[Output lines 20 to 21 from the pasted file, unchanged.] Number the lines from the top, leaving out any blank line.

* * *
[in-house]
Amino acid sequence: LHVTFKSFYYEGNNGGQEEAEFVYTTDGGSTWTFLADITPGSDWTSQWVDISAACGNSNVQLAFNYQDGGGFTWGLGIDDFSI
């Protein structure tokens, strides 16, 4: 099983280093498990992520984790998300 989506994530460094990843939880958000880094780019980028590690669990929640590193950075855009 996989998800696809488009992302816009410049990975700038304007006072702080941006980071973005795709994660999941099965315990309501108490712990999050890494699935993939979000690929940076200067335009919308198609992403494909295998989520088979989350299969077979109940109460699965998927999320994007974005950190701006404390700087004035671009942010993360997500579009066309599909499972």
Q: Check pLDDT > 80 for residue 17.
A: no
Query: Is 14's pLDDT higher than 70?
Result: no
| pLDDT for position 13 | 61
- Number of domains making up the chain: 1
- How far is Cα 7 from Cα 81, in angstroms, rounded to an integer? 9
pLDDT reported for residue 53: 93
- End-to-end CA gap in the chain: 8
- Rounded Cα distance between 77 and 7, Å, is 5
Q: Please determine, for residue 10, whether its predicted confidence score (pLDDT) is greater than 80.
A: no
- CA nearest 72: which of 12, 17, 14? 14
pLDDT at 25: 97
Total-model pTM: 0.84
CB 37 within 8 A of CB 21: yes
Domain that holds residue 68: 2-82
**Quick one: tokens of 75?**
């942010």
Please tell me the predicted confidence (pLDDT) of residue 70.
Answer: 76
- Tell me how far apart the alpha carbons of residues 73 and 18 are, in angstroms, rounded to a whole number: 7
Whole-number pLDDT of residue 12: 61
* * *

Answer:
Domain that holds residue 68: 2-82
**Quick one: tokens of 75?**